Belgium Massman says:

More importantly:

There is a silver lining, though. Sandy Bridge-E is expected to be overclockable in ways Sandy Bridge is not.

Two of the three SKUs purportedly planned for launch will be multiplier-unlocked, simplifying overclocking quite a bit. Both of those models should support ratios as high as 57x (just like the Sandy Bridge-based K-series SKUs were), easily taking care of the air-cooling community. The third, Core i7-3820, will get a number of accessible bins on top of the highest Turbo Boost multiplier, similar to Core i5-2500 and Core i7-2600.

But whereas P67 and Z68 employed internal clock generators, X79’s BCLK comes from a CK505 embedded clock fed through a buffer (a chip that follows Intel’s DB1200GS Differential Buffer Specification) responsible for “gearing” the frequency.

With Sandy Bridge, if you didn’t have an unlocked K-series SKU, or a partially unlocked Core i5/i7, then you were pretty much stuck. Changing the BCLK frequency directly affected other buses, quickly affecting stability. We’ve been able to push single-digit increases, but anything more than 9 or 10 MHz is asking for trouble. Of course, Intel's intention there wasn't nefarious. By integrating the clock, it cut power use and cost on the 25 and 14 MHz crystals. Inflexible scaling just turned out to be a side-effect.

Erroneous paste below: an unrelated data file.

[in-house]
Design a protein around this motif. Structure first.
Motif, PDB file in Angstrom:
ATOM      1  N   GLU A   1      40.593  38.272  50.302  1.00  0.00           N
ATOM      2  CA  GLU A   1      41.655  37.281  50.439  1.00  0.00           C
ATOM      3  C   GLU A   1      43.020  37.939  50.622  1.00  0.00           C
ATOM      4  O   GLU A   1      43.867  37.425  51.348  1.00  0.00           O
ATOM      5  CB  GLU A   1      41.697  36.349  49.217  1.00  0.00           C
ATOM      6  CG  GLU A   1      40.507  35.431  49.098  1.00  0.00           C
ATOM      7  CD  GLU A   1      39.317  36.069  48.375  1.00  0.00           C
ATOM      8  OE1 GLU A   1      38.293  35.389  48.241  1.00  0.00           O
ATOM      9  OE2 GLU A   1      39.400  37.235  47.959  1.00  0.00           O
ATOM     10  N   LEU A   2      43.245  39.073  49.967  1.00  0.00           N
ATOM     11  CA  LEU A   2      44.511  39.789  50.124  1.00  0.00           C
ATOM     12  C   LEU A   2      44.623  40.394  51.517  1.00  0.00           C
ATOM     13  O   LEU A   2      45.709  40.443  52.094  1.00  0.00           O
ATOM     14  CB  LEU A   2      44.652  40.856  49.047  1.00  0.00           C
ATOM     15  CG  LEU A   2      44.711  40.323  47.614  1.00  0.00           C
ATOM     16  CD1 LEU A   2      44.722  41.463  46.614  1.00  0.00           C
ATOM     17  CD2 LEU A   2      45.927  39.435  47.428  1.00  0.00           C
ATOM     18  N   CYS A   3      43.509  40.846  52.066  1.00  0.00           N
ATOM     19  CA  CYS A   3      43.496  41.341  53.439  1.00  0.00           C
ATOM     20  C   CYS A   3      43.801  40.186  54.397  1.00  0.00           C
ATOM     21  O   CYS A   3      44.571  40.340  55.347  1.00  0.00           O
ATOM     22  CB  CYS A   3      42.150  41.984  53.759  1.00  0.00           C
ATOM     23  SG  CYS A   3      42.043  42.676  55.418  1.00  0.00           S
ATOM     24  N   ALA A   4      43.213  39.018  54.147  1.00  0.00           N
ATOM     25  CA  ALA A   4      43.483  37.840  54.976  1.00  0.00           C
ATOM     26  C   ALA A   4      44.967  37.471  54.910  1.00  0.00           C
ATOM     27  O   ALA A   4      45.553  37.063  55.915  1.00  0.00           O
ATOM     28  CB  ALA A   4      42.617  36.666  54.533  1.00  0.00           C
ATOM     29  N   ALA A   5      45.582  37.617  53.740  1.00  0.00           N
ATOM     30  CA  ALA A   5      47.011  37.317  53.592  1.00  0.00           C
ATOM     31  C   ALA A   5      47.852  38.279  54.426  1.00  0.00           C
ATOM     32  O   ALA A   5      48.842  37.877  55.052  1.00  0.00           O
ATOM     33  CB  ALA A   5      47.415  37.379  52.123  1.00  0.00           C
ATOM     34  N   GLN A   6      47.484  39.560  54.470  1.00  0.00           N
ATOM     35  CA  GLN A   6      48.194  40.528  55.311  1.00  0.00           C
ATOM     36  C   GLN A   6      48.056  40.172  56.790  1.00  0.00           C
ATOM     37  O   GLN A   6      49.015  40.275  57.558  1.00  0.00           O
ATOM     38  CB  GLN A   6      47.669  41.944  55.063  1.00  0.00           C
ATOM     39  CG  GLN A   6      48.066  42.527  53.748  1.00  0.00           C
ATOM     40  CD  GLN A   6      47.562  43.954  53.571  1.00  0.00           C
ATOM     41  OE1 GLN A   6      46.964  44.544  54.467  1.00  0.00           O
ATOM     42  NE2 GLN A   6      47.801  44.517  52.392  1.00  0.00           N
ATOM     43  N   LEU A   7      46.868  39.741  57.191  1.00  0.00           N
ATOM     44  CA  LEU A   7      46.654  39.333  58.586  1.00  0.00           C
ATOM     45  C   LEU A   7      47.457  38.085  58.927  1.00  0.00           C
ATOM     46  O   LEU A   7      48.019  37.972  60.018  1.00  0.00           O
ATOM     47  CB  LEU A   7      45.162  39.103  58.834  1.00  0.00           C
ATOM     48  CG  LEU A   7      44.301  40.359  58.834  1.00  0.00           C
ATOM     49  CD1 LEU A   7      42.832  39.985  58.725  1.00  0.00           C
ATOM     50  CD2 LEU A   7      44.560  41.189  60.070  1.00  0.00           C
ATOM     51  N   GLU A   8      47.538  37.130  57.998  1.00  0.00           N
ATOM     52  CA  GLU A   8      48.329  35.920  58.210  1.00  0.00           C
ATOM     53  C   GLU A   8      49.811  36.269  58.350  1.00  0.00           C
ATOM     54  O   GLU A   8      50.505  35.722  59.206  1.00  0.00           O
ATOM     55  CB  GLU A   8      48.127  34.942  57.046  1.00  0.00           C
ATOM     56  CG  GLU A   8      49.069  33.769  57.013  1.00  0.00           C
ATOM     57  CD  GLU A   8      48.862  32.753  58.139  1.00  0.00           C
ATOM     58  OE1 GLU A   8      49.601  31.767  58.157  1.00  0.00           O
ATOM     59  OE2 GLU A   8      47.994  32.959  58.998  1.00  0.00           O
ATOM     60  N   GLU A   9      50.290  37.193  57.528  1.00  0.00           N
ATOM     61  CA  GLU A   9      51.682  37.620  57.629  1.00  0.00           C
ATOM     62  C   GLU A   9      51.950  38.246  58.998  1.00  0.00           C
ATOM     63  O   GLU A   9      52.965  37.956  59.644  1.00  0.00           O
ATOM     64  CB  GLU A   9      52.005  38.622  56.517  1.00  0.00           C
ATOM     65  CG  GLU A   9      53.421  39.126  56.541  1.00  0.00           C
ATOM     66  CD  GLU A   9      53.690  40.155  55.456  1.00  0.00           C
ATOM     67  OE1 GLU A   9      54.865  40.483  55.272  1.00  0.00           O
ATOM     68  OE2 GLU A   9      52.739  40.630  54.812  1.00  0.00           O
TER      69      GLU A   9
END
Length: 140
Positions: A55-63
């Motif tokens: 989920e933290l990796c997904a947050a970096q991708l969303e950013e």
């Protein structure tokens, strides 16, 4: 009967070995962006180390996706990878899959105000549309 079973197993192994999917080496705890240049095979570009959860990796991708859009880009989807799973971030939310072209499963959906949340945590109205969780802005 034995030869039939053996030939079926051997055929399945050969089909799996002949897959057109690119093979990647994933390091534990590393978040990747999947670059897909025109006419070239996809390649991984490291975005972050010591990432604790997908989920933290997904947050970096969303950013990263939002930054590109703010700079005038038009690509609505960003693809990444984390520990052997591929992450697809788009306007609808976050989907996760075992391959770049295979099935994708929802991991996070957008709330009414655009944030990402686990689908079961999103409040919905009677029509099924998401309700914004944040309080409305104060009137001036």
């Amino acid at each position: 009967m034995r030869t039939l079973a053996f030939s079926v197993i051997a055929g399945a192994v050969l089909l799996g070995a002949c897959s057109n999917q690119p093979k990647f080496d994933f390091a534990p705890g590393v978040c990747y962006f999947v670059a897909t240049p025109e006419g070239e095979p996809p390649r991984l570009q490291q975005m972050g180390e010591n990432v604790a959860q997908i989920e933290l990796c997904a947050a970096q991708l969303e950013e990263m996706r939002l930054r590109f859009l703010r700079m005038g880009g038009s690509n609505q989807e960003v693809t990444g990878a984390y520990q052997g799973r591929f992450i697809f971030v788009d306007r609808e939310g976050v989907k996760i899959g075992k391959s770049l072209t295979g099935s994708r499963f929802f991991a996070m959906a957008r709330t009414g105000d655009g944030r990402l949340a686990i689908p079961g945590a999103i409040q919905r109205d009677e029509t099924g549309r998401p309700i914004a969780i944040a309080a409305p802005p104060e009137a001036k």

Sandy Bridge-E should alleviate this somewhat by using the buffer chip to apply one of three different ratios to the BCLK. These will modify the PCI Express bus and DMI, creating a greater range of viable frequency settings. I emphasize the word should because I wasn’t able to get the mechanism working on our lab system. Increasing the BCLK and dropping our -3960X’s multiplier simply kept the platform from POSTing, no matter what combination of settings I used.

At least at first, the question to answer is going to be: who cares, anyway? When you consider the Core i7-2600K is completely multiplier-unlocked, who is going to want to fight a partially-unlocked quad-core -3820 on an expensive new X79-based motherboard? The extra 2 MB of L3 cache, two additional memory channels, and PCI Express-rich processor probably won’t inspire many upgrades. The real candidates for greatness are the six-core models, both of which Intel thankfully leaves unlocked. Specifically, I’m excited to see what the Core i7-3930K can do.